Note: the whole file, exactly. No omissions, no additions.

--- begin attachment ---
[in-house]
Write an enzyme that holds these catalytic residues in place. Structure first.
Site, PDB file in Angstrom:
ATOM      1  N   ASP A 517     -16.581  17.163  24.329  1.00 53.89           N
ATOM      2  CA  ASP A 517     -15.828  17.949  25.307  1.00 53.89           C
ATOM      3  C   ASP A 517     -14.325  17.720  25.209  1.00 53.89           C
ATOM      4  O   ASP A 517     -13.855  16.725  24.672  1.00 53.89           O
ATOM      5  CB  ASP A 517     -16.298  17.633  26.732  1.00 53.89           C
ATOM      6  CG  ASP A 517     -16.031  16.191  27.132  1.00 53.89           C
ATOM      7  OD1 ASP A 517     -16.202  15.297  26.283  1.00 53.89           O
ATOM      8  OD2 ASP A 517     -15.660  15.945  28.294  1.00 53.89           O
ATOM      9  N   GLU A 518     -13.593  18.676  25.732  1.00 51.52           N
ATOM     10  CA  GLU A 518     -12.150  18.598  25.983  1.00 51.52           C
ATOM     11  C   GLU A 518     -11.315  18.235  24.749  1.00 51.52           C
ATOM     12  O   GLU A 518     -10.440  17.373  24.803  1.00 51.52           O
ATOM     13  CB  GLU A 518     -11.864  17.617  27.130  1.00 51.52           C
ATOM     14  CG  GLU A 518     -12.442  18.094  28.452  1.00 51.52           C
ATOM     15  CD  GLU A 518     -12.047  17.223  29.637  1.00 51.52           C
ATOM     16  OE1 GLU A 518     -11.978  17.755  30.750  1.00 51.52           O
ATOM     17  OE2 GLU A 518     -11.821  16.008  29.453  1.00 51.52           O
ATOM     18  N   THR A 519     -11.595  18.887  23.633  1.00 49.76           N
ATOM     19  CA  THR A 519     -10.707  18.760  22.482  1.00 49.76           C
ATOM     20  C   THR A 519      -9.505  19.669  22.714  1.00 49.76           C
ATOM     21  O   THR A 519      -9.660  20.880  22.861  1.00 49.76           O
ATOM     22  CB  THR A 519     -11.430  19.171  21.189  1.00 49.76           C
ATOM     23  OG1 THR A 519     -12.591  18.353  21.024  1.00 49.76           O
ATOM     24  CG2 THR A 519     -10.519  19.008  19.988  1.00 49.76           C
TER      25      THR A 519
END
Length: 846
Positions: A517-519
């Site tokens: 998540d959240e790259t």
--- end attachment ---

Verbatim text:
[in-house]
Write an enzyme that holds these catalytic residues in place. Structure first.
Site, PDB file in Angstrom:
ATOM      1  N   ASP A 517     -16.581  17.163  24.329  1.00 53.89           N
ATOM      2  CA  ASP A 517     -15.828  17.949  25.307  1.00 53.89           C
ATOM      3  C   ASP A 517     -14.325  17.720  25.209  1.00 53.89           C
ATOM      4  O   ASP A 517     -13.855  16.725  24.672  1.00 53.89           O
ATOM      5  CB  ASP A 517     -16.298  17.633  26.732  1.00 53.89           C
ATOM      6  CG  ASP A 517     -16.031  16.191  27.132  1.00 53.89           C
ATOM      7  OD1 ASP A 517     -16.202  15.297  26.283  1.00 53.89           O
ATOM      8  OD2 ASP A 517     -15.660  15.945  28.294  1.00 53.89           O
ATOM      9  N   GLU A 518     -13.593  18.676  25.732  1.00 51.52           N
ATOM     10  CA  GLU A 518     -12.150  18.598  25.983  1.00 51.52           C
ATOM     11  C   GLU A 518     -11.315  18.235  24.749  1.00 51.52           C
ATOM     12  O   GLU A 518     -10.440  17.373  24.803  1.00 51.52           O
ATOM     13  CB  GLU A 518     -11.864  17.617  27.130  1.00 51.52           C
ATOM     14  CG  GLU A 518     -12.442  18.094  28.452  1.00 51.52           C
ATOM     15  CD  GLU A 518     -12.047  17.223  29.637  1.00 51.52           C
ATOM     16  OE1 GLU A 518     -11.978  17.755  30.750  1.00 51.52           O
ATOM     17  OE2 GLU A 518     -11.821  16.008  29.453  1.00 51.52           O
ATOM     18  N   THR A 519     -11.595  18.887  23.633  1.00 49.76           N
ATOM     19  CA  THR A 519     -10.707  18.760  22.482  1.00 49.76           C
ATOM     20  C   THR A 519      -9.505  19.669  22.714  1.00 49.76           C
ATOM     21  O   THR A 519      -9.660  20.880  22.861  1.00 49.76           O
ATOM     22  CB  THR A 519     -11.430  19.171  21.189  1.00 49.76           C
ATOM     23  OG1 THR A 519     -12.591  18.353  21.024  1.00 49.76           O
ATOM     24  CG2 THR A 519     -10.519  19.008  19.988  1.00 49.76           C
TER      25      THR A 519
END
Length: 846
Positions: A517-519
């Site tokens: 998540d959240e790259t």